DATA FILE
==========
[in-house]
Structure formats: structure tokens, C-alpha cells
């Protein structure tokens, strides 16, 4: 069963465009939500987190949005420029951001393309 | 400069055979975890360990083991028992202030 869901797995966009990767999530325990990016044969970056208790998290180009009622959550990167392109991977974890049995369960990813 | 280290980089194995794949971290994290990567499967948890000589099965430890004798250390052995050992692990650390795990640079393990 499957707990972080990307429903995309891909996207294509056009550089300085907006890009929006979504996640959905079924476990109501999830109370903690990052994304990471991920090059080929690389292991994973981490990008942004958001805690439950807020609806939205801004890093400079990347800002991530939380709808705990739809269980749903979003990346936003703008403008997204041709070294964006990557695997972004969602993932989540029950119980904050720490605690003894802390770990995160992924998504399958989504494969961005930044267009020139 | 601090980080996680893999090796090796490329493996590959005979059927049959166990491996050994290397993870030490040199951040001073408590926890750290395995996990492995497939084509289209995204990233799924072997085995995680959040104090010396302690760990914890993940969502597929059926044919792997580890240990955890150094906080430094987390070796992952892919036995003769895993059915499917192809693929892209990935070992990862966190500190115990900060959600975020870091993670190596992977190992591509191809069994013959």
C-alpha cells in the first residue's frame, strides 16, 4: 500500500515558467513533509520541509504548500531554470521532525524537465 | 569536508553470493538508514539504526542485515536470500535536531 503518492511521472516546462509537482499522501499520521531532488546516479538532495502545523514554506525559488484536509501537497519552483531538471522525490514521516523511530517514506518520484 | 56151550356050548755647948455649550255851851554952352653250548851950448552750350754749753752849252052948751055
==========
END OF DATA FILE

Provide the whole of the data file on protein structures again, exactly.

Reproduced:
[in-house]
Structure formats: structure tokens, C-alpha cells
């Protein structure tokens, strides 16, 4: 069963465009939500987190949005420029951001393309 | 400069055979975890360990083991028992202030 869901797995966009990767999530325990990016044969970056208790998290180009009622959550990167392109991977974890049995369960990813 | 280290980089194995794949971290994290990567499967948890000589099965430890004798250390052995050992692990650390795990640079393990 499957707990972080990307429903995309891909996207294509056009550089300085907006890009929006979504996640959905079924476990109501999830109370903690990052994304990471991920090059080929690389292991994973981490990008942004958001805690439950807020609806939205801004890093400079990347800002991530939380709808705990739809269980749903979003990346936003703008403008997204041709070294964006990557695997972004969602993932989540029950119980904050720490605690003894802390770990995160992924998504399958989504494969961005930044267009020139 | 601090980080996680893999090796090796490329493996590959005979059927049959166990491996050994290397993870030490040199951040001073408590926890750290395995996990492995497939084509289209995204990233799924072997085995995680959040104090010396302690760990914890993940969502597929059926044919792997580890240990955890150094906080430094987390070796992952892919036995003769895993059915499917192809693929892209990935070992990862966190500190115990900060959600975020870091993670190596992977190992591509191809069994013959």
C-alpha cells in the first residue's frame, strides 16, 4: 500500500515558467513533509520541509504548500531554470521532525524537465 | 569536508553470493538508514539504526542485515536470500535536531 503518492511521472516546462509537482499522501499520521531532488546516479538532495502545523514554506525559488484536509501537497519552483531538471522525490514521516523511530517514506518520484 | 56151550356050548755647948455649550255851851554952352653250548851950448552750350754749753752849252052948751055